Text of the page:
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Early detection of prostate cancer. What do we tell our patients?
University Medical Center, Rotterdam, The Netherlands
Apr 2006 (Vol. 13, Issue 21, Pages( 37 - 42)

Abstract

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  • INTRODUCTION:

    Early detection of prostate cancer is possible; overdetection of early disease that may never surface clinically during a lifetime is likely. On the other hand, early detection measures will detect life-threatening disease of which some maybe amenable to cure, while otherwise it would kill the patient. Proof of effectiveness of early detection is unavailable. Those who decide to be screened and those who decide not to be screened take risks that are difficult to balance against each other. How do we deal with this situation? What do we tell our patients? DISCUSSION: Ongoing randomized studies are likely to produce definitive answers on the question of whether screening will save men from prostate cancer deaths within a few years. The trials will also provide answers to the optimal way of screening and to the question of how to avoid overdiagnosis and treatment. In the meantime, however, men who are considering to undergo testing have a difficult decision to make. Our profession is obliged to provide assistance. The information provided unfortunately at this time cannot be the simple message: if you undergo testing your cancer will be detected early and be curable, so you will resolve the problem. It is necessary to stress the potential benefits and also the downside of testing. Elements of such information are provided in this article. Benefits may include the reassurance resulting from a normal test result, the early diagnosis of aggressive and still-curable cancer, and the avoidance of the consequences of advanced prostate cancer such as the occurrence of metastatic disease. The downside includes the possibility of missing prostate cancer and providing a false reassurance, the fact that screening may lead to unnecessary anxiety and medical tests when no cancer is present, and the fact that it may detect slow-growing cancer that may never cause any symptoms or shorten lifespan. All treatments have side effects to which men will be exposed, even those who do not have life-threatening cancer. In addition, there is no certainty that treatment will be successful.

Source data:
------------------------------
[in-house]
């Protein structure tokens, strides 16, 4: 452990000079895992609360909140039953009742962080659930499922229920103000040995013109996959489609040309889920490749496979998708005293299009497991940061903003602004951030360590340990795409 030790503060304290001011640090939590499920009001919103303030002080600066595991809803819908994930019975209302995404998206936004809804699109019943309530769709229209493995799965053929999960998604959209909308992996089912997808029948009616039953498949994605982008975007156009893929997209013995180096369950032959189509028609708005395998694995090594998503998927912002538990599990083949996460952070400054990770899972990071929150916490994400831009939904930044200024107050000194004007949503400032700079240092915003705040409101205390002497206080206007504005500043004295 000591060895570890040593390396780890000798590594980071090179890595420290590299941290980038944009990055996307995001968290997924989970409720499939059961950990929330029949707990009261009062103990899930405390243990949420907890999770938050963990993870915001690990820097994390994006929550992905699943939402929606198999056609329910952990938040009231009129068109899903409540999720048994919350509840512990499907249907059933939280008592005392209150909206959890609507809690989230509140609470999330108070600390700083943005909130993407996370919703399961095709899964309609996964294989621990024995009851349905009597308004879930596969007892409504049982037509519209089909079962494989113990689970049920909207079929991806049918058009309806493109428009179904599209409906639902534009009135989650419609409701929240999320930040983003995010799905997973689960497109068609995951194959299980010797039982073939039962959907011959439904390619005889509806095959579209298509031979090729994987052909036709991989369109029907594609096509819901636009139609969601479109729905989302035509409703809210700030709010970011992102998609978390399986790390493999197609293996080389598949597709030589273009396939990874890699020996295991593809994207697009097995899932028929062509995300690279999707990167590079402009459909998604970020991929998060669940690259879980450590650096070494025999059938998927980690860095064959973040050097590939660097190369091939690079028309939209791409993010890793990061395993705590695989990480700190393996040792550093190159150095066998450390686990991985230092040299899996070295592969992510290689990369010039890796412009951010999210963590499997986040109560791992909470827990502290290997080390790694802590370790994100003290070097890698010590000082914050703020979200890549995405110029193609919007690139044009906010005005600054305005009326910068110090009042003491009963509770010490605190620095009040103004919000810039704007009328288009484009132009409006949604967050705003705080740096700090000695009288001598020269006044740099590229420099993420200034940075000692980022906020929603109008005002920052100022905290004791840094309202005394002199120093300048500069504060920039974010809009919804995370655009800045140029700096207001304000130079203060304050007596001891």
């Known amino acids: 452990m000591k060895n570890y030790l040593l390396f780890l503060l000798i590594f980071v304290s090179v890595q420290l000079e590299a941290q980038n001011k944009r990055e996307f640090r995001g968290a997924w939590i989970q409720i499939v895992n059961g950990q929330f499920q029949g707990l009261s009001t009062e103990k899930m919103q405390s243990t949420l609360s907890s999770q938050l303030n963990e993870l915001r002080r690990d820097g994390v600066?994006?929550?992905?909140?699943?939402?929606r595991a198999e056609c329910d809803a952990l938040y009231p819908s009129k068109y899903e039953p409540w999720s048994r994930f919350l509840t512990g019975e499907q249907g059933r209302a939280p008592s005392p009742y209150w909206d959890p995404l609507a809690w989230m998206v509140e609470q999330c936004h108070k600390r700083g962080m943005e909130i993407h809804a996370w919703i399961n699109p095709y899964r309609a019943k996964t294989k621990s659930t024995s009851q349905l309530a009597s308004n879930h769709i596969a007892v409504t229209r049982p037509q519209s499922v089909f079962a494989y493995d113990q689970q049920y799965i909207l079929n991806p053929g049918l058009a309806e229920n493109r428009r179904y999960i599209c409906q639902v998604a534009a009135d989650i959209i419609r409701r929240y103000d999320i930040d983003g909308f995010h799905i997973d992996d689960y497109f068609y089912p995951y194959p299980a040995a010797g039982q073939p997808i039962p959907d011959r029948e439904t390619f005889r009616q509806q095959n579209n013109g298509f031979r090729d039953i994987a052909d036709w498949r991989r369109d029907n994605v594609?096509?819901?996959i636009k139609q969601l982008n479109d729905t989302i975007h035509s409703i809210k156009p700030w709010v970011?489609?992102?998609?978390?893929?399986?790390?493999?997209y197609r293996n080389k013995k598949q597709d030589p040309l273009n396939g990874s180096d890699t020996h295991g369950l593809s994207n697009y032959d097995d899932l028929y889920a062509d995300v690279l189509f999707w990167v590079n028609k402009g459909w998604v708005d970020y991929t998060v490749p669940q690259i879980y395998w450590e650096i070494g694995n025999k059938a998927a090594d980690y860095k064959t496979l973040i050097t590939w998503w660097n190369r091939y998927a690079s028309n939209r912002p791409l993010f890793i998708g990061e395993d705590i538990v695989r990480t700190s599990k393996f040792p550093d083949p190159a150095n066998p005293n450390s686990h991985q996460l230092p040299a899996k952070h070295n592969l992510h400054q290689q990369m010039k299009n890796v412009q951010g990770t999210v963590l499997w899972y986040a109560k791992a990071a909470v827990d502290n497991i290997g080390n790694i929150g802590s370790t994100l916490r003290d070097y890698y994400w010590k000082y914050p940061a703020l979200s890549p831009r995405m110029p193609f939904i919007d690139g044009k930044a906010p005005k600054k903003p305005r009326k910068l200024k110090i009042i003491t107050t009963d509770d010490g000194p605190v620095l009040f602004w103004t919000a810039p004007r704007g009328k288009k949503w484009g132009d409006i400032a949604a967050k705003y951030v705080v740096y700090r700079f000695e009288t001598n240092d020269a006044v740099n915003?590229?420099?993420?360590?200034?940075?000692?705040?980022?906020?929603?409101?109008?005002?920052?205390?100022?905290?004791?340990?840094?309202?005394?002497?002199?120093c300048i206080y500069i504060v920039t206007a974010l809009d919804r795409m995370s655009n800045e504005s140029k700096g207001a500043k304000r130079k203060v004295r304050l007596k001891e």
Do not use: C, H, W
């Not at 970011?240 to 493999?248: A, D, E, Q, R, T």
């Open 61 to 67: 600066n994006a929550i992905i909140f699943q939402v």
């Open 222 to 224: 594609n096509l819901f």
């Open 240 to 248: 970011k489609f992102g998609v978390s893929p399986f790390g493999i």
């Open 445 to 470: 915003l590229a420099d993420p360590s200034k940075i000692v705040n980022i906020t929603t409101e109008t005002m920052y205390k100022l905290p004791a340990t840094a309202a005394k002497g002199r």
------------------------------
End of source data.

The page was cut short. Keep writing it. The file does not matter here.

CONCLUSION:

    In the present situation, it is important to emphasize to patients that capabilities are being developed to identify those prostate cancers that may not cause any harm and to exclude them from immediate treatment. This recent development is a very important aspect for those who consider to be tested outside ongoing trials.

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